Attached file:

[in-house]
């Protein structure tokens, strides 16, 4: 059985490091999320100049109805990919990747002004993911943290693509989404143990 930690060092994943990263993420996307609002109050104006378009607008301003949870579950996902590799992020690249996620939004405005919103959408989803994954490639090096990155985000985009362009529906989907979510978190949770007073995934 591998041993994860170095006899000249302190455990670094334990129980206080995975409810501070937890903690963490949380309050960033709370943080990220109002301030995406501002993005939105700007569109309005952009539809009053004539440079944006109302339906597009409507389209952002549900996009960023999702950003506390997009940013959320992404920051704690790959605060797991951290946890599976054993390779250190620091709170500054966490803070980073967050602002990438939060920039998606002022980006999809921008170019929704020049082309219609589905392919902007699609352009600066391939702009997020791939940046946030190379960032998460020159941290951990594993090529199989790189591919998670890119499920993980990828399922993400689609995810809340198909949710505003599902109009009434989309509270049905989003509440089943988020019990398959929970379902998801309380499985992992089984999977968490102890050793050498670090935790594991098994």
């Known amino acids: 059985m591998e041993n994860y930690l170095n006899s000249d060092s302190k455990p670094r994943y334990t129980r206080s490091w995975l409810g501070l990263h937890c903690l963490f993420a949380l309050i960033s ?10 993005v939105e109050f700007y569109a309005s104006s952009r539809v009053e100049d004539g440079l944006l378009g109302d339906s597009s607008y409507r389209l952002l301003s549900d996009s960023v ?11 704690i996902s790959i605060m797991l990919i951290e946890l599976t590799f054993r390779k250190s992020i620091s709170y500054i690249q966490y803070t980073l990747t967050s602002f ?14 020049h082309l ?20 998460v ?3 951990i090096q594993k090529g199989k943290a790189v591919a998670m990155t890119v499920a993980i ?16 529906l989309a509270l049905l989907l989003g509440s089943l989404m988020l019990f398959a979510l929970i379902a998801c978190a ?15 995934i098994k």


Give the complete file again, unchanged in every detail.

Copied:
[in-house]
């Protein structure tokens, strides 16, 4: 059985490091999320100049109805990919990747002004993911943290693509989404143990 930690060092994943990263993420996307609002109050104006378009607008301003949870579950996902590799992020690249996620939004405005919103959408989803994954490639090096990155985000985009362009529906989907979510978190949770007073995934 591998041993994860170095006899000249302190455990670094334990129980206080995975409810501070937890903690963490949380309050960033709370943080990220109002301030995406501002993005939105700007569109309005952009539809009053004539440079944006109302339906597009409507389209952002549900996009960023999702950003506390997009940013959320992404920051704690790959605060797991951290946890599976054993390779250190620091709170500054966490803070980073967050602002990438939060920039998606002022980006999809921008170019929704020049082309219609589905392919902007699609352009600066391939702009997020791939940046946030190379960032998460020159941290951990594993090529199989790189591919998670890119499920993980990828399922993400689609995810809340198909949710505003599902109009009434989309509270049905989003509440089943988020019990398959929970379902998801309380499985992992089984999977968490102890050793050498670090935790594991098994």
């Known amino acids: 059985m591998e041993n994860y930690l170095n006899s000249d060092s302190k455990p670094r994943y334990t129980r206080s490091w995975l409810g501070l990263h937890c903690l963490f993420a949380l309050i960033s ?10 993005v939105e109050f700007y569109a309005s104006s952009r539809v009053e100049d004539g440079l944006l378009g109302d339906s597009s607008y409507r389209l952002l301003s549900d996009s960023v ?11 704690i996902s790959i605060m797991l990919i951290e946890l599976t590799f054993r390779k250190s992020i620091s709170y500054i690249q966490y803070t980073l990747t967050s602002f ?14 020049h082309l ?20 998460v ?3 951990i090096q594993k090529g199989k943290a790189v591919a998670m990155t890119v499920a993980i ?16 529906l989309a509270l049905l989907l989003g509440s089943l989404m988020l019990f398959a979510l929970i379902a998801c978190a ?15 995934i098994k």